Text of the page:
Battery Life: Clear and present irritation
We all want more battery life. I'd like an iPhone that would last a full day without needing a fillip. I wish my Nissan Leaf did more than 85 miles on a charge. I even get irritated when the batteries run out in my mouse or keyboard. What can my batteries not last for ever?
In another of those rather fatuous studies, price-comparision website uswitch.com proves that phone owners want nothing more than longer battery life. It's a big thumbs down for Touch ID, big screens, fancy apps, sheer productivity. No, battery life is all that matters.
Of course we all want longer battery life and companies like Apple do their best to balance performance, size and speed with an acceptable battery life. Those who complain that their 2006 Nokia used to run for a week on one charge are not comparing like with like. Modern devices such as the iPhone have almost nothing in common with the old Nokia. They make calls and send texts of sure But just remember what else they do and how many times a day we check for updates, social media messages, emails and a thousand other useful facilities. We live on our phones these days.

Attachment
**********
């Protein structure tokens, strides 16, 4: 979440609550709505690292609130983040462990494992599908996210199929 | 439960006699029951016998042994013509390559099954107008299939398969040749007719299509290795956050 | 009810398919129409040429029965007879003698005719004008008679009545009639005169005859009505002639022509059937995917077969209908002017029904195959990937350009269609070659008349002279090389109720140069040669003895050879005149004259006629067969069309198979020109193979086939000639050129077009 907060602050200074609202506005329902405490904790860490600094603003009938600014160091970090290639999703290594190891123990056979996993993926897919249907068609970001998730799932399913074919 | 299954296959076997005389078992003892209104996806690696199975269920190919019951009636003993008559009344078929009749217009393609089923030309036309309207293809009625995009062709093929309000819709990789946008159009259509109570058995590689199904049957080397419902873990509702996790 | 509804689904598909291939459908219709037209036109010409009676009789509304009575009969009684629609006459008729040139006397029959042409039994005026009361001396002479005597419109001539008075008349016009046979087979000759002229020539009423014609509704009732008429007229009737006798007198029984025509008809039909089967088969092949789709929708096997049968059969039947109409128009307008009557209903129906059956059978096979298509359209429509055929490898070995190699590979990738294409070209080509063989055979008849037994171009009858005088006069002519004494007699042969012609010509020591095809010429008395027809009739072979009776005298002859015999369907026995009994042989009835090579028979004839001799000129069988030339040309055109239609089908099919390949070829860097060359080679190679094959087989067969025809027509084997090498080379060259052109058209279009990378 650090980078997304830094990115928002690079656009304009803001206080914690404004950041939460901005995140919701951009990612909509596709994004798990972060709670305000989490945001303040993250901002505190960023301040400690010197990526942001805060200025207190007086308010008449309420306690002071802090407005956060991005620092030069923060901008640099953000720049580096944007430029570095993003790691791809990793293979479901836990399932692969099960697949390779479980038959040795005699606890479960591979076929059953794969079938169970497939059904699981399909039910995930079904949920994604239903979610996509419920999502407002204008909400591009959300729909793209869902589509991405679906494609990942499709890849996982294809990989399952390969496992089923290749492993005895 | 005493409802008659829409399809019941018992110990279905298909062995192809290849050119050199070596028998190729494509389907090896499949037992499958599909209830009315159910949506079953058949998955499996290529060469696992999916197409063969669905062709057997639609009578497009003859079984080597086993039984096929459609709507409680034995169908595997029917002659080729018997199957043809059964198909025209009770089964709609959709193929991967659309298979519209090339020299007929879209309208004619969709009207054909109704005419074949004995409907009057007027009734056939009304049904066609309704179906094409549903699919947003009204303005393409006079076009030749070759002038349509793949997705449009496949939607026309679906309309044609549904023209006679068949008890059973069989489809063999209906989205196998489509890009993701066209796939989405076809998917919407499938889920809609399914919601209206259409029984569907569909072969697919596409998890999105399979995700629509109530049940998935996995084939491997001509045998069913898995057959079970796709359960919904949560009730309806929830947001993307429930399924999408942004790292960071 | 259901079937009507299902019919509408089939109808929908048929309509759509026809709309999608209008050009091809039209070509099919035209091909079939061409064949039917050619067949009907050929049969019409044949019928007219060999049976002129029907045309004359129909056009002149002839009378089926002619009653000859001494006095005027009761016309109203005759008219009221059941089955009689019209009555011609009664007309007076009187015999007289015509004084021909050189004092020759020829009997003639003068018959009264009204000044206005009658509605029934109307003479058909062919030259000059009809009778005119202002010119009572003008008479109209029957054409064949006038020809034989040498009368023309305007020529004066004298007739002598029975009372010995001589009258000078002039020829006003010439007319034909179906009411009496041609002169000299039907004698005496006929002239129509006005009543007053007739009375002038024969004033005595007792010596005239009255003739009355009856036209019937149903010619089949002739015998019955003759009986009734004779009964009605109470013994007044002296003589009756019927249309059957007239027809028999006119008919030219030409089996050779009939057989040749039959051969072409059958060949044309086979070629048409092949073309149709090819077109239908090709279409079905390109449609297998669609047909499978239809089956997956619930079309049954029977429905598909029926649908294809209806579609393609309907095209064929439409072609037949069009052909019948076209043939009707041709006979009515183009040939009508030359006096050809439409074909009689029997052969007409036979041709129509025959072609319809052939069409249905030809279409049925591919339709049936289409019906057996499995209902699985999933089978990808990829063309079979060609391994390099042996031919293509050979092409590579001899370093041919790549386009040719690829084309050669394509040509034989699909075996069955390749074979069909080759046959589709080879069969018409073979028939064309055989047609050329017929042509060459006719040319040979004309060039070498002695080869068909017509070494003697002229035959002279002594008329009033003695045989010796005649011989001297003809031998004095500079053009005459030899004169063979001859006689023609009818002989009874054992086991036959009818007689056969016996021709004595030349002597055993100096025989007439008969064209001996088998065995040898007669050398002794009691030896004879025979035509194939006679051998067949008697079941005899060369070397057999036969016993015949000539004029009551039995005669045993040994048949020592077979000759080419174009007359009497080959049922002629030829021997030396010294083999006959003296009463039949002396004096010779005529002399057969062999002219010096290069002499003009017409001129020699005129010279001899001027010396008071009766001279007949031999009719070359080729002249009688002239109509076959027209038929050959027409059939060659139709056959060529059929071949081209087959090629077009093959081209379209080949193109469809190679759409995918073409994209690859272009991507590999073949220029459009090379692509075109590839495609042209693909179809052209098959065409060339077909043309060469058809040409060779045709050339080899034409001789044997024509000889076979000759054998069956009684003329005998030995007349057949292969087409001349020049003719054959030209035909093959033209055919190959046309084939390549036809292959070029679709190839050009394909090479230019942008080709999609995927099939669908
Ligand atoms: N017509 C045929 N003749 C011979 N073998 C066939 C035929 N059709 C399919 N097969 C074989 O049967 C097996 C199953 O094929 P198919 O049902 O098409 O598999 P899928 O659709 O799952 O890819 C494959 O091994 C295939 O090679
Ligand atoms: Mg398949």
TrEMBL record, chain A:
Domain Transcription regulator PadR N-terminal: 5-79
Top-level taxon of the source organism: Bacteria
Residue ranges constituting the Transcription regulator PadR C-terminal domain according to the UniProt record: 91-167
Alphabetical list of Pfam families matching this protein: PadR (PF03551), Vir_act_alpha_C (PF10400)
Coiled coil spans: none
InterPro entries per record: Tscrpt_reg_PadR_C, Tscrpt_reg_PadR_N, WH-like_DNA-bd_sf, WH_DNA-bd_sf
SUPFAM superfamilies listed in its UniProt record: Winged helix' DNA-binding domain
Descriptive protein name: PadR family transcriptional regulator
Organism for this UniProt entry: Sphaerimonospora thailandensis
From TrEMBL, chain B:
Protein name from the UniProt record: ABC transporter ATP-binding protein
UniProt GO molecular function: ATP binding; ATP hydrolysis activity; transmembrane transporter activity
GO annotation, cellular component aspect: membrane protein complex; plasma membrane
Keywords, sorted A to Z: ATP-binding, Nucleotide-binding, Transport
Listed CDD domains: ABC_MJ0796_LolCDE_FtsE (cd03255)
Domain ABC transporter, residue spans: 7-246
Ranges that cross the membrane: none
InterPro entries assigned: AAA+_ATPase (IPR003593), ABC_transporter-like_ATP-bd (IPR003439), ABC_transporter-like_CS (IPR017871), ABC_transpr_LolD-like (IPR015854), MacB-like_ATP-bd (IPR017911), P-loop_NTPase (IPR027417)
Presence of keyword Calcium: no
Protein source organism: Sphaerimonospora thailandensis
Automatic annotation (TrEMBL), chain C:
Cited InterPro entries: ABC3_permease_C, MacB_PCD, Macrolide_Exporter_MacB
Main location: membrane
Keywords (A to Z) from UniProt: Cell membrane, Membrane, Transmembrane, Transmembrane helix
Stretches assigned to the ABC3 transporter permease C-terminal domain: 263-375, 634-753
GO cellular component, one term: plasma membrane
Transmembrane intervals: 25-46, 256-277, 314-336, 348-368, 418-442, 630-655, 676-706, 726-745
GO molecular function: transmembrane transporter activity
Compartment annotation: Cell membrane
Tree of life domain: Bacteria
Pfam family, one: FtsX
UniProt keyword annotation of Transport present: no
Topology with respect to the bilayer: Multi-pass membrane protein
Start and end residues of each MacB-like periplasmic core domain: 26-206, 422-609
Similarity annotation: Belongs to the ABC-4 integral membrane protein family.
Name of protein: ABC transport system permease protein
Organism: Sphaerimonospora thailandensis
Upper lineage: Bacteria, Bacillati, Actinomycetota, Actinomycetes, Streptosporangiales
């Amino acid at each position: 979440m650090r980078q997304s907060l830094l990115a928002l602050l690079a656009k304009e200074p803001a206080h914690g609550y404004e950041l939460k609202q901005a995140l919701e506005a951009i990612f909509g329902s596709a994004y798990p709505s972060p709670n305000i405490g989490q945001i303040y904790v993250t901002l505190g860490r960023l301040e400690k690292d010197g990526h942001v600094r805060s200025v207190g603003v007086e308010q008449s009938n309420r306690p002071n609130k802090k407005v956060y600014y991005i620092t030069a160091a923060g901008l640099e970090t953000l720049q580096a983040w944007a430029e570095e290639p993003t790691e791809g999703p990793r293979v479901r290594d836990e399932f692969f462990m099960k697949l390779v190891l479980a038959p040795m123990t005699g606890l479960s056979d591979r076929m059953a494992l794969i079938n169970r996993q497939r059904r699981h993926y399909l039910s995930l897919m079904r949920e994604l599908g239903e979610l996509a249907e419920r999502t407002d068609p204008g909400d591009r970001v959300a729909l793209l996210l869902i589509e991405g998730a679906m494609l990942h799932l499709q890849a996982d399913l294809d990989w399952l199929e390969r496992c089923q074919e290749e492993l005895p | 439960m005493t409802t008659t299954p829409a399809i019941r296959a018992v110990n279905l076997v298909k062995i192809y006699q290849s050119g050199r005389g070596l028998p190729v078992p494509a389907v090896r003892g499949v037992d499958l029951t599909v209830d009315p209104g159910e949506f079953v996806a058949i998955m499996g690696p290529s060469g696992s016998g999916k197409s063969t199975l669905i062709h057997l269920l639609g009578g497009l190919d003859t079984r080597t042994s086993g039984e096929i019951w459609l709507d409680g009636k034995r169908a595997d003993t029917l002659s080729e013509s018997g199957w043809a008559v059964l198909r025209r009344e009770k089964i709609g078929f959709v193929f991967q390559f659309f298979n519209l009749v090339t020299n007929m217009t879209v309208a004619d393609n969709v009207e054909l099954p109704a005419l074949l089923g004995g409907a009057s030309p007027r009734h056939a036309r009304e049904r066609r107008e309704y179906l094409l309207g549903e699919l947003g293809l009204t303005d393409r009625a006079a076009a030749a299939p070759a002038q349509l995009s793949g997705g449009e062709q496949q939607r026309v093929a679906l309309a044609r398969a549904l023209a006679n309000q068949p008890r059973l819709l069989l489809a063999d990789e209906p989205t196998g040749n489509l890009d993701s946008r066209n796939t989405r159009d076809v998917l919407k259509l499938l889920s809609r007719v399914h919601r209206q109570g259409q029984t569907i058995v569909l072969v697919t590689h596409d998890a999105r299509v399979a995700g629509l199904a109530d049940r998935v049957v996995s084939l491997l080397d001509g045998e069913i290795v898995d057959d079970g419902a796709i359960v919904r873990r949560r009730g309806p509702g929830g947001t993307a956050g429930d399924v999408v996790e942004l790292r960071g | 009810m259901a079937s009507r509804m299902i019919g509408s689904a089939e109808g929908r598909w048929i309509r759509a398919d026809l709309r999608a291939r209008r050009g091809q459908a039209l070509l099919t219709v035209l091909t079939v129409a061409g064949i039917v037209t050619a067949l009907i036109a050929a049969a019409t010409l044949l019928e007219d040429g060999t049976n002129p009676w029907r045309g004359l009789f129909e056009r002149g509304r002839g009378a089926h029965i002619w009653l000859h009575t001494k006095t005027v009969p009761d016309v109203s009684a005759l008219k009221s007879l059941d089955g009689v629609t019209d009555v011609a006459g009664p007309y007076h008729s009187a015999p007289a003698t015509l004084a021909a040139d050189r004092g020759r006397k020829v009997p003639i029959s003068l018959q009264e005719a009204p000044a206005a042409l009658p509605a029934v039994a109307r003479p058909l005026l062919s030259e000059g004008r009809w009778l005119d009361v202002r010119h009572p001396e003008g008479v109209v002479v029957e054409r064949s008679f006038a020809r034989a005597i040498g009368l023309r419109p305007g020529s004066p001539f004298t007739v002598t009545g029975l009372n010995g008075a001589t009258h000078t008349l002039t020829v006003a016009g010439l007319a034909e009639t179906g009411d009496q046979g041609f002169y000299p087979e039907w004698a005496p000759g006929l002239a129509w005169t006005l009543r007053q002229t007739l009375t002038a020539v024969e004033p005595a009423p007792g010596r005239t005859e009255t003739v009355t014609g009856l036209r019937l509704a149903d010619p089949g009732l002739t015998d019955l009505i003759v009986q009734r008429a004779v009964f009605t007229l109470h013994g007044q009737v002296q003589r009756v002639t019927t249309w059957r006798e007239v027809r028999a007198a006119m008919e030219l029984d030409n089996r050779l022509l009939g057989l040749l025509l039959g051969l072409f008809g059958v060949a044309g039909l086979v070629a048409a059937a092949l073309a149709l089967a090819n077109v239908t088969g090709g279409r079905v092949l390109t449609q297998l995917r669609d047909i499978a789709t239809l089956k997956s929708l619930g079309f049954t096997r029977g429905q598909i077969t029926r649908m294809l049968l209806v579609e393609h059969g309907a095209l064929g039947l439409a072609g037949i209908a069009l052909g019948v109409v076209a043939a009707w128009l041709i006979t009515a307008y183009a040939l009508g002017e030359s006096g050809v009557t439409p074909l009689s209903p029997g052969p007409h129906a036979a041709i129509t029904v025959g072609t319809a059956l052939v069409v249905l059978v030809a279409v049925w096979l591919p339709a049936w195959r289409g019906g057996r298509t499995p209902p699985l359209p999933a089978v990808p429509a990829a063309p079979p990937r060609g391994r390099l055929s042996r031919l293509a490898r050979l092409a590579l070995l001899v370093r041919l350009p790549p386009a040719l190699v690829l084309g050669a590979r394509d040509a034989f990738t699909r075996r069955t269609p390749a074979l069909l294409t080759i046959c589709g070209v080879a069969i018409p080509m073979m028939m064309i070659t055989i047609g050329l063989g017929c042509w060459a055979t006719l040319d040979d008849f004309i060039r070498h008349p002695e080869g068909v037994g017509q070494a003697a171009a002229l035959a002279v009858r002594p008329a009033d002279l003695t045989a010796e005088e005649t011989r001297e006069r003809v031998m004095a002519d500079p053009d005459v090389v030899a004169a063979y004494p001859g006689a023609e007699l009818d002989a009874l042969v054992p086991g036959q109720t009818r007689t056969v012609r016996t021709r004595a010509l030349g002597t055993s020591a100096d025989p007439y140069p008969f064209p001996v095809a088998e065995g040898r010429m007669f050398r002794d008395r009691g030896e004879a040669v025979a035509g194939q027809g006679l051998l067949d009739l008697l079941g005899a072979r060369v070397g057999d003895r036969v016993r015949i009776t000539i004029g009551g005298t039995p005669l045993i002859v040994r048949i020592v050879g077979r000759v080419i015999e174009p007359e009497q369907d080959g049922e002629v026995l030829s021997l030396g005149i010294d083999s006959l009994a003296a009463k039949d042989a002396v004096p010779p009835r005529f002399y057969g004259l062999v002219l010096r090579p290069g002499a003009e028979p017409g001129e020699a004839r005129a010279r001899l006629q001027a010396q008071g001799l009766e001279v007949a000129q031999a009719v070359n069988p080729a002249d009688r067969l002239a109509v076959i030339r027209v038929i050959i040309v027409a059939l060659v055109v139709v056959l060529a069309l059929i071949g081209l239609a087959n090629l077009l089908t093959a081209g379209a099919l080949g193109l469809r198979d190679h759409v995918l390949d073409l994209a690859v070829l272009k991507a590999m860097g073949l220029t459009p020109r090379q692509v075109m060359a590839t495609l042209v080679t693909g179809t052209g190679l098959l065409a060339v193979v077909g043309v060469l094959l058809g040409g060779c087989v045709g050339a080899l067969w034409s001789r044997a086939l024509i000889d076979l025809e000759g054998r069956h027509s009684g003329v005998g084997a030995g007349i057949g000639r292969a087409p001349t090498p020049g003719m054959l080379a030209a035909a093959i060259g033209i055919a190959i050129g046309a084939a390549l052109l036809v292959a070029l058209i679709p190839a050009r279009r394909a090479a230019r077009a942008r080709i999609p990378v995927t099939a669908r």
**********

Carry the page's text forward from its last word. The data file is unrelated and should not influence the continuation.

Then there is the question of size. We could have an iPhone the size of a house brick and, sure enough, it would last a week on one charge. But the public wants it all ways. It wants the slimmest of phones, the biggest of screens, the speediest of processors as well as never-ending battery life. It just isn't possible.
Battery life is a compromise and, until we get that big breakthrough in storage technology, we will not see dramatic improvements in the time between charges. We'd better get used to it.